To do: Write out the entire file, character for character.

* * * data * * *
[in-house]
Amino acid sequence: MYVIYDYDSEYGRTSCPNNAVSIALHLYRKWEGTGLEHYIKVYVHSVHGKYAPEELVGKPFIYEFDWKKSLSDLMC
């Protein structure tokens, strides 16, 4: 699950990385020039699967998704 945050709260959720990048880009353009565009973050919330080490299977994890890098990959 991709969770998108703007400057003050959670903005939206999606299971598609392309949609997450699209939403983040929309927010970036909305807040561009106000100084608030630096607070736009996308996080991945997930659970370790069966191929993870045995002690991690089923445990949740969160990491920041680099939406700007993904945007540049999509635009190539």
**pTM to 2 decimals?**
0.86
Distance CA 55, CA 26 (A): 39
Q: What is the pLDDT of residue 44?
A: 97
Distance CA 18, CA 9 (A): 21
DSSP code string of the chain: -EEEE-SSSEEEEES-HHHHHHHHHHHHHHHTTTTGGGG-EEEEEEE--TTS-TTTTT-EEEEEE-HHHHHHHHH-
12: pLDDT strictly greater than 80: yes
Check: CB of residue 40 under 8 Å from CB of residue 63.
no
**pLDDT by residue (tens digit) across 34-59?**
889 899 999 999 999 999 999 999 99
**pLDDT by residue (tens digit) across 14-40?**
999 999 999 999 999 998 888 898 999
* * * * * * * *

[in-house]
Amino acid sequence: MYVIYDYDSEYGRTSCPNNAVSIALHLYRKWEGTGLEHYIKVYVHSVHGKYAPEELVGKPFIYEFDWKKSLSDLMC
């Protein structure tokens, strides 16, 4: 699950990385020039699967998704 945050709260959720990048880009353009565009973050919330080490299977994890890098990959 991709969770998108703007400057003050959670903005939206999606299971598609392309949609997450699209939403983040929309927010970036909305807040561009106000100084608030630096607070736009996308996080991945997930659970370790069966191929993870045995002690991690089923445990949740969160990491920041680099939406700007993904945007540049999509635009190539």
**pTM to 2 decimals?**
0.86
Distance CA 55, CA 26 (A): 39
Q: What is the pLDDT of residue 44?
A: 97
Distance CA 18, CA 9 (A): 21
DSSP code string of the chain: -EEEE-SSSEEEEES-HHHHHHHHHHHHHHHTTTTGGGG-EEEEEEE--TTS-TTTTT-EEEEEE-HHHHHHHHH-
12: pLDDT strictly greater than 80: yes
Check: CB of residue 40 under 8 Å from CB of residue 63.
no
**pLDDT by residue (tens digit) across 34-59?**
889 899 999 999 999 999 999 999 99
**pLDDT by residue (tens digit) across 14-40?**
999 999 999 999 999 998 888 898 999